ANAHEIM, Calif. -- The city of Anaheim has effectively acknowledged its pursuit of the Sacramento Kings, revealing a financial plan to entice the NBA team to relocate to Honda Center with $75 million in bonds.
Anaheim mayor Tom Tait didn't mention the Kings by name Friday, but said the deal to be considered at a special city council meeting Tuesday poses no financial risk to Anaheim taxpayers.
"As mayor, I look forward to joining my colleagues on Tuesday to consider these important agenda items," Tait said in a statement released to media outlets. "As a basketball fan, I'm hoping that we will soon be cheering at that first tipoff at Anaheim's own Honda Center."
Kings owners Joe and Gavin Maloof have been in private discussions for several months on a move out of their aging Sacramento building formerly known as Arco Arena. They must file for relocation with the NBA by April 18.
The details of the potential deal are found in a staff report to the City Council posted on Anaheim's website. A 103-page lease delineates the terms of a deal for an unidentified potential NBA tenant in the city-owned Honda Center, which is managed by a company controlled by billionaire Henry Samueli, the owner of the NHL's Anaheim Ducks.
The proposed deal includes $25 million for Honda Center upgrades -- likely to include a new locker room, a sports training area and a practice court -- and $50 million in transition costs, likely including relocation fees charged by the NBA.
The bonds would be funded by private investors and repaid by arena revenue, according to the lease. Samueli, an avid basketball fan who has wanted an NBA team as a co-tenant for several years, is the financial muscle behind the bond arrangement.
The move still is far from a done deal. The Maloofs must get permission from a majority of the NBA's other owners to make the move, which isn't a sure thing -- and they'll have to pay their fellow owners for the privilege, including significant payments to the Lakers and Clippers, who share Staples Center 35 miles away.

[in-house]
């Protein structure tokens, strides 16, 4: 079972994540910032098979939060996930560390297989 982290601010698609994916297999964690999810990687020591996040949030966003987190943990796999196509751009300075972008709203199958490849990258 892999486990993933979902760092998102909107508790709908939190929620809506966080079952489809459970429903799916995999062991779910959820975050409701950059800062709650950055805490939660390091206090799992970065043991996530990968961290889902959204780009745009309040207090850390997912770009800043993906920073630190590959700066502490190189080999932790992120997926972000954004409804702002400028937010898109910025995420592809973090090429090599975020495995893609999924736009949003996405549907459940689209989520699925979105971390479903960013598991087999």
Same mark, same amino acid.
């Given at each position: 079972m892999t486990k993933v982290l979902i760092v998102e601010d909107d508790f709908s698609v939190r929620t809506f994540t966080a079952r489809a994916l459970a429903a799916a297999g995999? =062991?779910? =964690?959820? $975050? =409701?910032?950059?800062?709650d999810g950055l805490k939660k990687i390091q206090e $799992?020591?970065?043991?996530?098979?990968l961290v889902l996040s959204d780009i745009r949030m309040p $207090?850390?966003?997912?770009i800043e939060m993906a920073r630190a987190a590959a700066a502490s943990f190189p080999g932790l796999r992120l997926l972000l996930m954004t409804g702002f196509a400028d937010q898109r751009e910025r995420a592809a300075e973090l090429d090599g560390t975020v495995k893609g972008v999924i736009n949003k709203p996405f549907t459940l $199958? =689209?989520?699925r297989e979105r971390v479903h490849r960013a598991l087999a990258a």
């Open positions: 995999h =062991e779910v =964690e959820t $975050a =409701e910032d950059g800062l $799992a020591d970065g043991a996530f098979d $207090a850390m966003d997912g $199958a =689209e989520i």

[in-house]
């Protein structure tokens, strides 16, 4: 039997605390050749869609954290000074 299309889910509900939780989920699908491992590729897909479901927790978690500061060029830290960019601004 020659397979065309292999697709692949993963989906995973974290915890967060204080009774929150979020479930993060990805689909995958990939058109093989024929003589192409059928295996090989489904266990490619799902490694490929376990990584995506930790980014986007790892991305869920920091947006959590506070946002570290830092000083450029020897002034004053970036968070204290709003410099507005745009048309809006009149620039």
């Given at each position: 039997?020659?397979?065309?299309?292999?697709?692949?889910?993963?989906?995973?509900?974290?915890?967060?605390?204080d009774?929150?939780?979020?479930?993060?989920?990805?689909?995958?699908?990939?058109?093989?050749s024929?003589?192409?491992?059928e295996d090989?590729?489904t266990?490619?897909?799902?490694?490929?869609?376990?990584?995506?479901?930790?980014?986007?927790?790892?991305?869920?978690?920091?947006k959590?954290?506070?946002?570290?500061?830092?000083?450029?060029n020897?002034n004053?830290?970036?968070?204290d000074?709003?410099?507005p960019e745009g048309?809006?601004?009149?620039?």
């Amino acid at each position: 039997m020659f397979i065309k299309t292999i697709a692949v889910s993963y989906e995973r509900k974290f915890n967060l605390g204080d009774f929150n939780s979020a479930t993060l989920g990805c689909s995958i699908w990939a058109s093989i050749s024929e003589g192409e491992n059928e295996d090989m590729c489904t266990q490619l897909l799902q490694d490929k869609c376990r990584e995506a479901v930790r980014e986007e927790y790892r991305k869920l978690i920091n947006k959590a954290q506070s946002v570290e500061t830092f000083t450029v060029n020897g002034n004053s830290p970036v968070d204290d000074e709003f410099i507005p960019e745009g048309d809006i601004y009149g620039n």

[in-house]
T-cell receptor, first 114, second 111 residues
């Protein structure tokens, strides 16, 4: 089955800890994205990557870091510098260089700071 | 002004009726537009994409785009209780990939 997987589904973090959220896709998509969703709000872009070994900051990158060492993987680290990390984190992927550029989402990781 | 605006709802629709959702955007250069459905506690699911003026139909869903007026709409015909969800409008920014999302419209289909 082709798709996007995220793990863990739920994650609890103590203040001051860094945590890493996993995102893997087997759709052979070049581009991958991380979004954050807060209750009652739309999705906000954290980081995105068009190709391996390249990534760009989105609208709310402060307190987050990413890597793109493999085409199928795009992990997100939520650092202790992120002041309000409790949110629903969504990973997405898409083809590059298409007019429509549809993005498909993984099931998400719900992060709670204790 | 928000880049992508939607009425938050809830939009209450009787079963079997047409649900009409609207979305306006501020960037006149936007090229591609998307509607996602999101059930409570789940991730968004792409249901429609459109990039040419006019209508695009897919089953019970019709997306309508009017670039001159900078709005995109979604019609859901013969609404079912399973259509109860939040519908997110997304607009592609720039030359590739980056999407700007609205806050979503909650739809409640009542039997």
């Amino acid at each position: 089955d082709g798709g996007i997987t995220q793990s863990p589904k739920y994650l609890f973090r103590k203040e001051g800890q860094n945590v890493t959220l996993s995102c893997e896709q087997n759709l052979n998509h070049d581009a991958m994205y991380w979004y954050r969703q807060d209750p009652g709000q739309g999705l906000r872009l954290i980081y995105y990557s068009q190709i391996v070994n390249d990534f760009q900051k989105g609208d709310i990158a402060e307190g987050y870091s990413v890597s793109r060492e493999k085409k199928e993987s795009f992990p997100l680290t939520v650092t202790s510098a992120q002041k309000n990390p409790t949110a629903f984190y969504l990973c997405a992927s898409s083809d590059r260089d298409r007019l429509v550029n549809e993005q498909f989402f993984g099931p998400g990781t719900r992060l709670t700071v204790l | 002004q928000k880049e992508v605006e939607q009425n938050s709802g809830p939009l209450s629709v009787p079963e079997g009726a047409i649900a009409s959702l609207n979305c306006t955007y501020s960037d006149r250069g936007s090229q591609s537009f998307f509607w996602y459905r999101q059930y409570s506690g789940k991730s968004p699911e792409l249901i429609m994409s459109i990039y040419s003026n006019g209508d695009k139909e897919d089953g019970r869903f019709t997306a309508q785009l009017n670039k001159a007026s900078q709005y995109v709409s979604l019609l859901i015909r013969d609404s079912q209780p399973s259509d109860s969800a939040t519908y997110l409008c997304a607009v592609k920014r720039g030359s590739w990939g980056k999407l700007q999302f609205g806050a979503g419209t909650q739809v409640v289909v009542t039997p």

The Lakers and Clippers haven't commented publicly, but Lakers coach Phil Jackson criticized the move before his club faced the Clippers on Friday night.
"What other metropolitan area has three teams in it?" Jackson asked. "It's ridiculous to put another franchise in this market. It just doesn't make sense to do that."
In the only similar sports arrangement, the New York City metropolitan area's 19 million people support three NHL teams. The five-county Los Angeles area had nearly 18 million residents at the most recent count, and the Kings likely would attempt to expand their fan base out of Orange County into the San Diego area, which has no NBA team.
The Kings, who haven't commented on the prospective move, already have moved well down the road to abandoning Sacramento, their home since 1985.
An attorney who has represented the Maloofs recently filed federal trademark registrations on four potential names for their well-traveled franchise, which apparently will revert to the Royals nickname used during its genesis in Rochester and Cincinnati.
That name is likely to be Anaheim Royals, because the City Council also plans to affirm its rule that any tenant uses Anaheim as its only geographic identifier. The city is determined to avoid the embarrassment of the local baseball team's decision to rename itself the Los Angeles Angels of Anaheim in 2005, sparking a four-year legal battle.
"One issue that is important to our community is that any new professional team sport our city's name -- and our name only," Tait said. "Be assured that the city's staff has addressed that issue very clearly."